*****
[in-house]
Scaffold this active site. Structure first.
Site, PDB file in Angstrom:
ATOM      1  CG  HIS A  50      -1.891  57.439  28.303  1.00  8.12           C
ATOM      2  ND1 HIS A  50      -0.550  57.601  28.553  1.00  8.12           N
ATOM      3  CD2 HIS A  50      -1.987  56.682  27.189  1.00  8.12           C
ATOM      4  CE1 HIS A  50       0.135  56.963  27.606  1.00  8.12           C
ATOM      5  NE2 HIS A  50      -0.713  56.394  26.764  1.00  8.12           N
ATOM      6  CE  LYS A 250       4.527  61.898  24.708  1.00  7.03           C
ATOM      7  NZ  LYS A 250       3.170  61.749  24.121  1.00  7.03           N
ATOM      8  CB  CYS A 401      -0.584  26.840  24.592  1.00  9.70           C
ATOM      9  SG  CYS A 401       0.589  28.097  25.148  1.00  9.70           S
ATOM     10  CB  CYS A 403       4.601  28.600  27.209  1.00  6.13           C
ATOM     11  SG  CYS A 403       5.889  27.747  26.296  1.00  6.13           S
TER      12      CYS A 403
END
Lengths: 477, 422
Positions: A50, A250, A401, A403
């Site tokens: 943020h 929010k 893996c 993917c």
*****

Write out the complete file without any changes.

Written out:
[in-house]
Scaffold this active site. Structure first.
Site, PDB file in Angstrom:
ATOM      1  CG  HIS A  50      -1.891  57.439  28.303  1.00  8.12           C
ATOM      2  ND1 HIS A  50      -0.550  57.601  28.553  1.00  8.12           N
ATOM      3  CD2 HIS A  50      -1.987  56.682  27.189  1.00  8.12           C
ATOM      4  CE1 HIS A  50       0.135  56.963  27.606  1.00  8.12           C
ATOM      5  NE2 HIS A  50      -0.713  56.394  26.764  1.00  8.12           N
ATOM      6  CE  LYS A 250       4.527  61.898  24.708  1.00  7.03           C
ATOM      7  NZ  LYS A 250       3.170  61.749  24.121  1.00  7.03           N
ATOM      8  CB  CYS A 401      -0.584  26.840  24.592  1.00  9.70           C
ATOM      9  SG  CYS A 401       0.589  28.097  25.148  1.00  9.70           S
ATOM     10  CB  CYS A 403       4.601  28.600  27.209  1.00  6.13           C
ATOM     11  SG  CYS A 403       5.889  27.747  26.296  1.00  6.13           S
TER      12      CYS A 403
END
Lengths: 477, 422
Positions: A50, A250, A401, A403
């Site tokens: 943020h 929010k 893996c 993917c």